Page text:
'bent riders are encouraged to post long distance appropriate topics in this forum. In turn, we reserve the right to post some good natured yet stale recumbent-related jokes. The recently completed ToC looked like it was one of the most recumbent friendly 1200k's of recent memory, and I saw that there were quite a few people on 'bents participating
I just said the stale jokes thing for Steamer's benefit, because he told me my beard and belly jokes were non-starters. He has neither, unlike me
For the last three summers I rode at least one of my monthly centuries on a recumbent, the last one came to about 150 miles. After that I packed the recumbent up and sent it back to the friend who had lent it to me three years ago. To get any real power I had to push really hard against the seat. My weight was of no help (or more likely I don't have enough of it). I ended up with a very sore back. I'm not saying recumbents are bad, but they involve trading one advantage for another, and one discomfort for another, and so on. If that's for you, go for it. I decided it's not for me.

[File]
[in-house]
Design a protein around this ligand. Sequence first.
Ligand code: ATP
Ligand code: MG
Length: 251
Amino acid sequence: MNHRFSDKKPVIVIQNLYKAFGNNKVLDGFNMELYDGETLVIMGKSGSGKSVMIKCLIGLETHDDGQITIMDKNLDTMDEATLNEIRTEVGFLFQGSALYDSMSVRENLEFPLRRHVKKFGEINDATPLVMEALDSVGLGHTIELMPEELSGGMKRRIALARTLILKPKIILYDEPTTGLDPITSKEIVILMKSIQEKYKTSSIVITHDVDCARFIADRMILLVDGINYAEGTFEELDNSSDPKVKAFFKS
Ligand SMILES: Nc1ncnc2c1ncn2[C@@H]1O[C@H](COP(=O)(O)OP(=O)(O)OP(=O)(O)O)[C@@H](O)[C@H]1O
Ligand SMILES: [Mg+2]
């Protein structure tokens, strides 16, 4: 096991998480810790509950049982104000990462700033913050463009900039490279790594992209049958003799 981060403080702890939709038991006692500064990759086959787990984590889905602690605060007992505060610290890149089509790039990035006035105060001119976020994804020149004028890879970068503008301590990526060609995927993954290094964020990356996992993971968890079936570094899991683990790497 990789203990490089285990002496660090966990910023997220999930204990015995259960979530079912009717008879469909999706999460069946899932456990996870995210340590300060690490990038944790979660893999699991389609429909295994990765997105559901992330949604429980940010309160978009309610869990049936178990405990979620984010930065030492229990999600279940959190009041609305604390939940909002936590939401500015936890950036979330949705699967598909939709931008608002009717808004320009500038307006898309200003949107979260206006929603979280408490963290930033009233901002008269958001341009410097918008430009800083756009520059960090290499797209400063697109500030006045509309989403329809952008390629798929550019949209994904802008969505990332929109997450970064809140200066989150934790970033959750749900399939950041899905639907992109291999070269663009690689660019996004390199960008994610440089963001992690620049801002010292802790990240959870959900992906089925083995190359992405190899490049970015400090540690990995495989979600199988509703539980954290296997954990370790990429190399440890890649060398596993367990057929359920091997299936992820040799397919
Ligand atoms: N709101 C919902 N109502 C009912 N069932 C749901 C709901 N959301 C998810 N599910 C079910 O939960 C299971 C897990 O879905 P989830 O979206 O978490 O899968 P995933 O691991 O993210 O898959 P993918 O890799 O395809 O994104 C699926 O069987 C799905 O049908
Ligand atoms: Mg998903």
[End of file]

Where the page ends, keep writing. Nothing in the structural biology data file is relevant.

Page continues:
Why are we talking about recumbents, again?
As for OP's problem, I recommend fatter tires at lower pressure, maybe a different saddle, and a close look at fit. If this discomfort happens again, consider seeing a doctor.
Last edited by rhm; 10-15-13 at 07:32 PM.
More riding less Blogging
But I'll agree that there isn't a perfect bike for everyone, recumbent or not.
Leaving original in context, but what I meant to say is that there isn't a single kind of bike that is perfect for everyone.
Last edited by chandltp; 10-16-13 at 09:57 AM.
There are 10 types of people, those that understand binary and those that don't.